The hoopoe is an orange bird with white and black stripes and a spectacular crest. It can be found across Afro-Eurasia. One of its species, the Saint Helena Hoopoe, is already extinct. This bird is also a Biblical, mythological, and literary character. King Solomon sent the hoopoe to the Queen of Sheba to convert her to monotheism. The hoopoe could speak and he accomplished Solomon’s mission. It was also a hoopoe that led other birds on a pilgrimage to see the face of Mystery—Simurgh—in Attar’s famous Sufi epic, “The Conference of the Birds.” In 2008, the hoopoe was chosen as the national bird of Israel. The hoopoe happens to be, at the same time, a symbol of exile for the Palestinians. In his poem “Hoopoe,” Mahmoud Darwish says: “But, among us there is a hoopoe who dictates his letters to the olive tree of exile.” By now Mahmoud Darwish’s poetry has found its way to Israeli high schools. Therefore, the hoopoe continues its mission. He is the smuggler of sacred messages. By ceaseless cultural crossing, he is a peacemaker.
The hoopoe stands for the other, for the foreigner. It creates bewilderment. It transports us to new places. It changes us. That’s the secret contraband of this book; well, one of them. Edith Stein suggests that the other puts us in motion, so we actively go out of ourselves to meet the other. My book embodies this desire—the desire to face the poverty of spirit, the wounded and the vulnerable in us and outside of us. And that desire tends to be disguised. The noblest contraband dwells in fraintendimento, understanding in-between or, in other words, reading between the lines.
There are so many recurring references to both your personal history and to the histories of immigration in this text. Of course, in a short interview, we can't discuss them all, but I’d love to ask you to talk about the Ellis Island poems, as well as the poems that delve into your past. How do you see these works interacting in the text?
The idea of connecting the Ellis Island poems with my past and present came from my constant packing and unpacking, crossing and re-crossing the borders. I had to constantly leave behind things and places I was attached to. I had to carefully select things I could take and what I would leave behind. There was also a growing awareness that the things we miss, or long for, are usually other desires in disguise. That personal experience led me to a question about immigration and the first immigrants who arrived at Ellis Island. I started to visit Ellis Island and the Tenement Museum in New York because I was interested in the objects of affections that the first immigrants carried with them. Then I got interested in the ideas they carried. The first face I saw when I walked onto Ellis Island was that of Al Capone. Ellis Island was featuring an exhibition on Alcatraz. That collision between Ellis Island and Alcatraz Island gave rise to new questions about immigration, in the past and nowadays.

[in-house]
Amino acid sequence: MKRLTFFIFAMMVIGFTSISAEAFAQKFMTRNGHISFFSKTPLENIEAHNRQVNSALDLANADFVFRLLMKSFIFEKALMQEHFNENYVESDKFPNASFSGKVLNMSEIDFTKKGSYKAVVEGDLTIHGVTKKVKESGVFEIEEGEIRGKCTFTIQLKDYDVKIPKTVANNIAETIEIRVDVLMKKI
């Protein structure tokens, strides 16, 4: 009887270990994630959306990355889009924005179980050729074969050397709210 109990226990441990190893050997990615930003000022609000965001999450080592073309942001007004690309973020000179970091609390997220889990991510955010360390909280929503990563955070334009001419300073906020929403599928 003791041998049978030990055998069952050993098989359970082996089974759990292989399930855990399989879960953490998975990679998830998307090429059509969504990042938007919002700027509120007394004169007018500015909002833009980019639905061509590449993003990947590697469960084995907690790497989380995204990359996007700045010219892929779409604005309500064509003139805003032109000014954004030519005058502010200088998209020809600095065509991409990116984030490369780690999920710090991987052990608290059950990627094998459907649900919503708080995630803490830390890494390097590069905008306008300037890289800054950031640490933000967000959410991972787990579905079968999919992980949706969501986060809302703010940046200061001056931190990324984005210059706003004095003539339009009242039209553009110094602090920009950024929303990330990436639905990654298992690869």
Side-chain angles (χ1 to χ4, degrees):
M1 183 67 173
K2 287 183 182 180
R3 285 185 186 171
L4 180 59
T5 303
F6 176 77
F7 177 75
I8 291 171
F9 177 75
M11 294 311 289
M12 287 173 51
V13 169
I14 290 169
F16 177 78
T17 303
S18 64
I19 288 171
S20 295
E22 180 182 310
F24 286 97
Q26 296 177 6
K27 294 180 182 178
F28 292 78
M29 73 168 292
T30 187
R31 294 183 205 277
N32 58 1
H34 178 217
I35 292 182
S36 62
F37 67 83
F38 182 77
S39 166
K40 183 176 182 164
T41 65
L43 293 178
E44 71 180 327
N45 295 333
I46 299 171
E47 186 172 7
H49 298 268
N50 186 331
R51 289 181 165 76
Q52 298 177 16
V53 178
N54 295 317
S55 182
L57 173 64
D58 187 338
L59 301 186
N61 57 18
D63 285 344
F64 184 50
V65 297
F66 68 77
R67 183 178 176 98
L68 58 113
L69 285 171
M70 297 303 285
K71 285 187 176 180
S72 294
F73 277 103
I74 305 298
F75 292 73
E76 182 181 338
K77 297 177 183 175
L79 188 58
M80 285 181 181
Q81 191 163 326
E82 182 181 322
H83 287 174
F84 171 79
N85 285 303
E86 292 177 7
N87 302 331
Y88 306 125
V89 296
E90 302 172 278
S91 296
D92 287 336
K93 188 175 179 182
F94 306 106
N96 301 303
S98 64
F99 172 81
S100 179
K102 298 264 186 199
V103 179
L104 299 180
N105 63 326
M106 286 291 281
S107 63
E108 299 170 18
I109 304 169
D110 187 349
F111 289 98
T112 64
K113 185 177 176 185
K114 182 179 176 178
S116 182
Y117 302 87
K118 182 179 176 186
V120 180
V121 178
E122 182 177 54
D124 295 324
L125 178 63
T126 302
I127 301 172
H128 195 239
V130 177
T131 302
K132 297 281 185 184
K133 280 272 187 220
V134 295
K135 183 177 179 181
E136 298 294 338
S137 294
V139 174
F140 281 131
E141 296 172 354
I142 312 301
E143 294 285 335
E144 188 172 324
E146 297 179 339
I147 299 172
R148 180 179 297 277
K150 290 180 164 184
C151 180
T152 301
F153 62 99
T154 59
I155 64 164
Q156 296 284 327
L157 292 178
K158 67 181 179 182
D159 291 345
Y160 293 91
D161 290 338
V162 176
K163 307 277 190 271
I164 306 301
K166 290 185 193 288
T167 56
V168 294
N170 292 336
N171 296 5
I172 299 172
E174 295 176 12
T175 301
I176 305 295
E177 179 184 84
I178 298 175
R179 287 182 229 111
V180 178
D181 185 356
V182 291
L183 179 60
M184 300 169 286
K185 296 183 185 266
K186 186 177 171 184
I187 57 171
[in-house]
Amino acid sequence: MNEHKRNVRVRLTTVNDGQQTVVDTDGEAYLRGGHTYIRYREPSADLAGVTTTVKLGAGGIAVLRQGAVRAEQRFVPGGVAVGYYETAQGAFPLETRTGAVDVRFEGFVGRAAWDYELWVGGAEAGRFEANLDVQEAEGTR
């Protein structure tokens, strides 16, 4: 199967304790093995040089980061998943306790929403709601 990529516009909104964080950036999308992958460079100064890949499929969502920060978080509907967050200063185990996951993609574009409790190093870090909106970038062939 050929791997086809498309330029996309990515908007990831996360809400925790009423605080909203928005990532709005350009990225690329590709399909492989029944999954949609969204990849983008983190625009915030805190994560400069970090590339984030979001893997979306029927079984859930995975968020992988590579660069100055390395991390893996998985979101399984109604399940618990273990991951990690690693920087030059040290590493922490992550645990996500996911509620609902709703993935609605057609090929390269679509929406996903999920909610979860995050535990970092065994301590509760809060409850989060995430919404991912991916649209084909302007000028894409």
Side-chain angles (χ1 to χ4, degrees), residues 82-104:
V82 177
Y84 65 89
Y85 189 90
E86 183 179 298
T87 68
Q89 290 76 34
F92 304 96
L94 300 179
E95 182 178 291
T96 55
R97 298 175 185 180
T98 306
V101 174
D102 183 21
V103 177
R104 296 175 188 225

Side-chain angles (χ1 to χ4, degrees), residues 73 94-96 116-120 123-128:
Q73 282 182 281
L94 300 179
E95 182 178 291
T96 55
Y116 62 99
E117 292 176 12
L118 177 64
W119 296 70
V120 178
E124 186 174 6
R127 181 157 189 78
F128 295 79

In the end, I realized the poems I was writing at that time were tending towards the other/Other. They investigated the liminal spaces and the transgressive nature of our desire. In the Hebrew Bible, the stranger is always mentioned in conjunction with the orphan and the widow. Foreigners are people who cannot take anything for granted. Nothing belongs to them. To adopt Jorie Graham’s words: “They live in a perpetual state of adaptation and mercy. Their path is a ‘twisted’ one, a crooked path, the one that takes you off the expected path—the one Mercury, or Hermes, leads you towards—‘off road’, ‘off course.’” Words are also strangers, multilingual immigrants.
Can you speak to your poetic process? Your last book and this one both show your mastery of the prose poem form. Do you find this strategy to best enable you to invite in, and then expose, the kind of hidden ‘contraband’ that most actively engages and surprises your process? But you also lineate some poems, for instance, “Prayer Before Flight” and “All Souls’ Poem” and “Emergency Prayer,” to name a few. Can you also speak to this formal decision?
In “Lost in Translation”, Eva Hoffman claims that we can have a new beginning in a new language. We can be free of constraints and native inhibitions. We gain distance in the second language. We no longer can take ourselves that seriously.
Prose poetry comes naturally to me in English, even though I do not use this form often when I write in Polish. In English, I let my syntax meander in order to encounter the subject of my poems, in order to storm the walls of mystery. Prose poetry seems to be a good form, for the meaning is always dynamic and ongoing for such poets. It expands into new domains, as new projective structures arise.